Preferred Stock: A Potential Income Tool in Your Toolbox

If you’re considering adding preferred stocks to your portfolio, know the benefits, characteristics, and risks. trading on a tablet: Preferred stock
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Key Takeaways

  • Companies issue preferred stock as another way to raise money

  • Preferred shareholders’ claim on company assets and earnings is senior to that of common shareholders

  • Yield on preferred stock is often greater than that of corporate or government debt

Although interest rates have risen from historic lows, Treasuries are still not yielding very much by historical standards, which could be one reason the stock market has been grinding upwards.

But let’s say you’re a little worried about high valuations in equities and would like to introduce some investments into your portfolio that potentially provide a bit more safety than common stock while also paying a yield that’s typicially higher than those in the Treasury market.

Though that type of safety-oriented yield hunting may seem like a contradiction in terms, it doesn’t necessarily have to be for investors who consider preferred stock. It might make sense to buy preferred shares if you want to use the equity market to get yield, but you don’t want to use common stock of traditional high-yield companies, according to Craig Laffman, director of fixed-income trading and syndicate at TD Ameritrade.

A quick scan of preferred issuance at shows there are plenty of well-known companies with solid ratings from Moody’s and Standard & Poor’s that were recently yielding more than 4%. Not too shabby; the rate on the 10-year Treasury was recently around 1.5%—though it should be noted that Treasuries are backed by the full faith and credit of the U.S. government.

What Is Preferred Stock?

Companies issue preferred stock as another way to raise money. Most corporate capital structures include senior secured debt, senior debt, subordinated debt, preferred stock, and common stock. Investors get paid in that order in the event the company goes bankrupt and is liquidated—assuming there’s anything left for holders of preferred and common stock.

Preferred stocks behave like a hybrid investment with characteristics of common stocks and bonds. The price of preferred shares fluctuates but is typically less than common stock. And similar to a bond, a preferred stock regularly pays income. The difference is that preferred stocks pay income in the form of a dividend, whereas bonds pay interest and the return of principal at maturity.

Preferred stock is sensitive to fluctuations in interest rates. Similar to bonds, when interest rates rise, the price of preferred shares typically falls as their yields increase. But when interest rates fall, preferred shares become worth more.

Typically, preferred shares don’t realize the same type of capital appreciation that common stocks do when, say, a company reports blowout earnings. Rather, with preferred stock, the yield is your return.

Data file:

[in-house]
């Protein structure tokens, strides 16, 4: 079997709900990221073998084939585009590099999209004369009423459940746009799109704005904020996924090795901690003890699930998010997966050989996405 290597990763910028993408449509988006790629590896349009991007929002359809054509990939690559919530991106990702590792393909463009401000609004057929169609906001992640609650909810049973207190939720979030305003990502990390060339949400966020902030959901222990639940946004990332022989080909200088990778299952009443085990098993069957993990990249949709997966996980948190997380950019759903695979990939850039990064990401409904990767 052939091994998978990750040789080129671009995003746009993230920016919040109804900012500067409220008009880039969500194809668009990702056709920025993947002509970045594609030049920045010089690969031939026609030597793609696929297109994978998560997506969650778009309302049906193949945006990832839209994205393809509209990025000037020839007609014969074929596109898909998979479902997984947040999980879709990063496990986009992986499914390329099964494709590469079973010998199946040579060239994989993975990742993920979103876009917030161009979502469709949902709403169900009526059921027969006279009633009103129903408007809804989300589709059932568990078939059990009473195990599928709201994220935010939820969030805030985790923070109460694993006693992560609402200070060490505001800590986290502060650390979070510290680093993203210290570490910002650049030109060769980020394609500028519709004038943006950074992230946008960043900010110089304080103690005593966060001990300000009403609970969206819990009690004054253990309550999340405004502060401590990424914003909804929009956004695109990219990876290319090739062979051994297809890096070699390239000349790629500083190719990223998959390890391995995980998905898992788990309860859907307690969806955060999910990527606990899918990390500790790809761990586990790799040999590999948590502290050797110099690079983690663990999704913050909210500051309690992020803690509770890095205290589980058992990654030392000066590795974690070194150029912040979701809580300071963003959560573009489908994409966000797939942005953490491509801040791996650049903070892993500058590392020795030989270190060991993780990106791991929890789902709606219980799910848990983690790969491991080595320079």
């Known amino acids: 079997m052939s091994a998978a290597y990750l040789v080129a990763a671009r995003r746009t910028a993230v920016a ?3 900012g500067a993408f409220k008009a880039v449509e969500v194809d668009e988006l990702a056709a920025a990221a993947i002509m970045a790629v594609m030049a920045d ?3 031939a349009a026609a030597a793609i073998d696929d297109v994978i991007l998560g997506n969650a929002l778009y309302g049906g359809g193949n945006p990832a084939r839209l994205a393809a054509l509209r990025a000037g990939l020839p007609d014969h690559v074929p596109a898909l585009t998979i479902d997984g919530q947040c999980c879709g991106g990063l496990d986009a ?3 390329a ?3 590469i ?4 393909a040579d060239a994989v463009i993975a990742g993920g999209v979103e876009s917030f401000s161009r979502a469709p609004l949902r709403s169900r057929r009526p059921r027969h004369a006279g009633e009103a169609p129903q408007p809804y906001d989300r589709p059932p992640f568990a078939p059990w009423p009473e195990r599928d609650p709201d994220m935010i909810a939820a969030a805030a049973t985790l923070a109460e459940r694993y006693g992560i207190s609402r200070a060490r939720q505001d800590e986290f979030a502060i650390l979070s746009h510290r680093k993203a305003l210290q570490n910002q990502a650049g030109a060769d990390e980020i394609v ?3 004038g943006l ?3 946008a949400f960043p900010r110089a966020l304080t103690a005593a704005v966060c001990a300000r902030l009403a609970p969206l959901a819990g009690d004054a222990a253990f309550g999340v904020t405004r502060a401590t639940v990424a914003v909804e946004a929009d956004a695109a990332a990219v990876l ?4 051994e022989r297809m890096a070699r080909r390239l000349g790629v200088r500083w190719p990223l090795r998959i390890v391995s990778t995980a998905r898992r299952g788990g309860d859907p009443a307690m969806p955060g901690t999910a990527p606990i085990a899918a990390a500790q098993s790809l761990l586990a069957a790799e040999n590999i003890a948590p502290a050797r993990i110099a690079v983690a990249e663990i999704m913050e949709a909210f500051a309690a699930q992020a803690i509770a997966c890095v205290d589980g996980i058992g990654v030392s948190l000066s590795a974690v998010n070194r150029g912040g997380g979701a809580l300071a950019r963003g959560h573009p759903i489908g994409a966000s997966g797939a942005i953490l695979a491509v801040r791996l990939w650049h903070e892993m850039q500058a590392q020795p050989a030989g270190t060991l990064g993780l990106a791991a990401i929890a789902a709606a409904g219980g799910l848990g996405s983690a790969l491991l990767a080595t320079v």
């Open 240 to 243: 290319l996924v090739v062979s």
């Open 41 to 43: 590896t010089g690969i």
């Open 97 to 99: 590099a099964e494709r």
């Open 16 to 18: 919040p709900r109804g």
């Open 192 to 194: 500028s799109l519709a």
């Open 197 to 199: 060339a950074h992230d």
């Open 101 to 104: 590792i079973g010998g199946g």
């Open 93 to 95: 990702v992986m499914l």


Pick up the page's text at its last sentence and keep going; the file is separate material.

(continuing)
“Buyers of common stock typically want capital appreciation, but buyers of preferred stock are typically looking for income,” Laffman noted.

Of note, while common shares typically come with voting rights, preferred shared usually don’t. If you’re the type who’s diligent about filling out those proxy cards, remember that, with preferred stock, you’ll likely not have the opportunity to vote your shares.

What Are the Benefits of Preferred Stock?

Comfort level. Because investors can enter a ticker symbol (symbols often include a letter describing the series, such as XYZ-A) and trade preferred shares in a self-directed manner, preferred stock can have a more familiar feel to investors unaccustomed to trading fixed-income securities. Traditional bonds generally trade over the counter (OTC).

Lower buy-in. Most corporate bonds are issued at a par value of $1,000, whereas preferred stock might be issued at $100 or even $25 per share.

Some seniority. Preferred shareholders’ claim on company assets and earnings is senior to that of common shareholders—which means that companies have a greater obligation to pay preferred dividends than dividends on common stock.

What Are the Risks of Preferred Stock?

Lower seniority than bondholders. If a company goes into bankruptcy and ends up getting liquidated, bondholders get paid before preferred shareholders, which is why preferred shares tend to yield more.

Low liquidity. With some preferred stocks trading only a few thousand shares per day, low liquidity can be a risk if you want to sell your shares. And you may not get as good of a price because preferred stocks can have wide spreads between bid and ask prices.

Bottom Line on Preferred Stock

Preferred shares can offer an avenue for income investors wanting more yield than either corporate or government bonds. At the same time, these shares allow people to buy into an investment that offers a bit more safety than common stock.

For investors focused on income, “this is a product worth looking at,” Laffman said.

Yields are subject to change with economic conditions. Yield is only one factor that should be considered when making an investment decision.

Payment of stock dividends is not guaranteed and dividends may be discontinued. The underlying stock is subject to market and business risks including insolvency.

Matt Whittaker is not a representative of TD Ameritrade, Inc. The material, views, and opinions expressed in this article are solely those of the author and may not be reflective of those held by TD Ameritrade, Inc.


Key Takeaways

  • Companies issue preferred stock as another way to raise money

  • Preferred shareholders’ claim on company assets and earnings is senior to that of common shareholders

  • Yield on preferred stock is often greater than that of corporate or government debt

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